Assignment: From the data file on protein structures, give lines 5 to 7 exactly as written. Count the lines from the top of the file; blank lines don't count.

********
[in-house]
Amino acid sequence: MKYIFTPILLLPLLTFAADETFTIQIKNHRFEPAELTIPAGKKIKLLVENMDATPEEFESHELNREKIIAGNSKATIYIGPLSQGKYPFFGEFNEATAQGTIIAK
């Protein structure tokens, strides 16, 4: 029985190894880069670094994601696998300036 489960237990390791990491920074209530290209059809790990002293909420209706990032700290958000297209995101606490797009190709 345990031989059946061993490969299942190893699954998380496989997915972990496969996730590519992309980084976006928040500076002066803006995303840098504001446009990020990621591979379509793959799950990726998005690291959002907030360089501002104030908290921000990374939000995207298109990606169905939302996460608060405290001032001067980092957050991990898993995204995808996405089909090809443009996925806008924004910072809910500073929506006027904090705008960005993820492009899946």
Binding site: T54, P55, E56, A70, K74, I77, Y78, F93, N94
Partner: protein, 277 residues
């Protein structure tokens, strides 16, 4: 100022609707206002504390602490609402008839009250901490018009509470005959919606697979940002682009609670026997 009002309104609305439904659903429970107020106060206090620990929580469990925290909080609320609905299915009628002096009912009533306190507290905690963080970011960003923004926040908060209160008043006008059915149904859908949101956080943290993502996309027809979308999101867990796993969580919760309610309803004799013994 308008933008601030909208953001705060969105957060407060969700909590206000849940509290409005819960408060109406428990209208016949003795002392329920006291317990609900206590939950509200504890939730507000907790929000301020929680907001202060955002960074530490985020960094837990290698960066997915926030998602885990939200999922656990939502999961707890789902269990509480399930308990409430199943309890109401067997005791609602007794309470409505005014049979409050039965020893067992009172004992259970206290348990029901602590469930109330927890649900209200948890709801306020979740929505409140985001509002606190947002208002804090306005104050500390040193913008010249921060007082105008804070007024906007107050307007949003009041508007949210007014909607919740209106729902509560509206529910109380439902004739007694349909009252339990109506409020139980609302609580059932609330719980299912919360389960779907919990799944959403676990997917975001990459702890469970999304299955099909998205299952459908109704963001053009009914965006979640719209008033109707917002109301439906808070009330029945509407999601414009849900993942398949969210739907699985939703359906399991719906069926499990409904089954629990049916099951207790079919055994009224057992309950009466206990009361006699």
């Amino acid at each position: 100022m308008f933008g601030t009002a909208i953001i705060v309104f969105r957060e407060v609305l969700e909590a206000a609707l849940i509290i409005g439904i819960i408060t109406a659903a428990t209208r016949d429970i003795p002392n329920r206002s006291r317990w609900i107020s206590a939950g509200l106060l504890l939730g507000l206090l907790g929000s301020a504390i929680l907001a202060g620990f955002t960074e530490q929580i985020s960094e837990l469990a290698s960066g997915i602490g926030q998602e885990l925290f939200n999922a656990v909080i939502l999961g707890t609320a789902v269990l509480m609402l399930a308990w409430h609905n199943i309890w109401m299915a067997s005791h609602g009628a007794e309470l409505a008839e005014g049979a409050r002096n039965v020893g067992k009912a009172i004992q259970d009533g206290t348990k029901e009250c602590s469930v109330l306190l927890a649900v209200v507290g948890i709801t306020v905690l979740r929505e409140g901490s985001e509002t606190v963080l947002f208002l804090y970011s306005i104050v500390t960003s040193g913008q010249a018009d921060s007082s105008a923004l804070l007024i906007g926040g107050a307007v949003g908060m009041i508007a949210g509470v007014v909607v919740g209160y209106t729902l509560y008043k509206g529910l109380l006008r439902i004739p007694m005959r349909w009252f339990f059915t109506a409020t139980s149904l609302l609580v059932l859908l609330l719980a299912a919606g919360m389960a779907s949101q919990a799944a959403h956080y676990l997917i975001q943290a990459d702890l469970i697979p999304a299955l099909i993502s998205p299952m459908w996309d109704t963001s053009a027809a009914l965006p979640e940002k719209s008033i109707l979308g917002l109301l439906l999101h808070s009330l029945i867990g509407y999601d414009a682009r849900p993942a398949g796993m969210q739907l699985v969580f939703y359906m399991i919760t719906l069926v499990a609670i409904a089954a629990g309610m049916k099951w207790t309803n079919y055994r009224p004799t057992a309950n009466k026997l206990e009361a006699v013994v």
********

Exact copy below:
Partner: protein, 277 residues
């Protein structure tokens, strides 16, 4: 100022609707206002504390602490609402008839009250901490018009509470005959919606697979940002682009609670026997 009002309104609305439904659903429970107020106060206090620990929580469990925290909080609320609905299915009628002096009912009533306190507290905690963080970011960003923004926040908060209160008043006008059915149904859908949101956080943290993502996309027809979308999101867990796993969580919760309610309803004799013994 308008933008601030909208953001705060969105957060407060969700909590206000849940509290409005819960408060109406428990209208016949003795002392329920006291317990609900206590939950509200504890939730507000907790929000301020929680907001202060955002960074530490985020960094837990290698960066997915926030998602885990939200999922656990939502999961707890789902269990509480399930308990409430199943309890109401067997005791609602007794309470409505005014049979409050039965020893067992009172004992259970206290348990029901602590469930109330927890649900209200948890709801306020979740929505409140985001509002606190947002208002804090306005104050500390040193913008010249921060007082105008804070007024906007107050307007949003009041508007949210007014909607919740209106729902509560509206529910109380439902004739007694349909009252339990109506409020139980609302609580059932609330719980299912919360389960779907919990799944959403676990997917975001990459702890469970999304299955099909998205299952459908109704963001053009009914965006979640719209008033109707917002109301439906808070009330029945509407999601414009849900993942398949969210739907699985939703359906399991719906069926499990409904089954629990049916099951207790079919055994009224057992309950009466206990009361006699």
């Amino acid at each position: 100022m308008f933008g601030t009002a909208i953001i705060v309104f969105r957060e407060v609305l969700e909590a206000a609707l849940i509290i409005g439904i819960i408060t109406a659903a428990t209208r016949d429970i003795p002392n329920r206002s006291r317990w609900i107020s206590a939950g509200l106060l504890l939730g507000l206090l907790g929000s301020a504390i929680l907001a202060g620990f955002t960074e530490q929580i985020s960094e837990l469990a290698s960066g997915i602490g926030q998602e885990l925290f939200n999922a656990v909080i939502l999961g707890t609320a789902v269990l509480m609402l399930a308990w409430h609905n199943i309890w109401m299915a067997s005791h609602g009628a007794e309470l409505a008839e005014g049979a409050r002096n039965v020893g067992k009912a009172i004992q259970d009533g206290t348990k029901e009250c602590s469930v109330l306190l927890a649900v209200v507290g948890i709801t306020v905690l979740r929505e409140g901490s985001e509002t606190v963080l947002f208002l804090y970011s306005i104050v500390t960003s040193g913008q010249a018009d921060s007082s105008a923004l804070l007024i906007g926040g107050a307007v949003g908060m009041i508007a949210g509470v007014v909607v919740g209160y209106t729902l509560y008043k509206g529910l109380l006008r439902i004739p007694m005959r349909w009252f339990f059915t109506a409020t139980s149904l609302l609580v059932l859908l609330l719980a299912a919606g919360m389960a779907s949101q919990a799944a959403h956080y676990l997917i975001q943290a990459d702890l469970i697979p999304a299955l099909i993502s998205p299952m459908w996309d109704t963001s053009a027809a009914l965006p979640e940002k719209s008033i109707l979308g917002l109301l439906l999101h808070s009330l029945i867990g509407y999601d414009a682009r849900p993942a398949g796993m969210q739907l699985v969580f939703y359906m399991i919760t719906l069926v499990a609670i409904a089954a629990g309610m049916k099951w207790t309803n079919y055994r009224p004799t057992a309950n009466k026997l206990e009361a006699v013994v």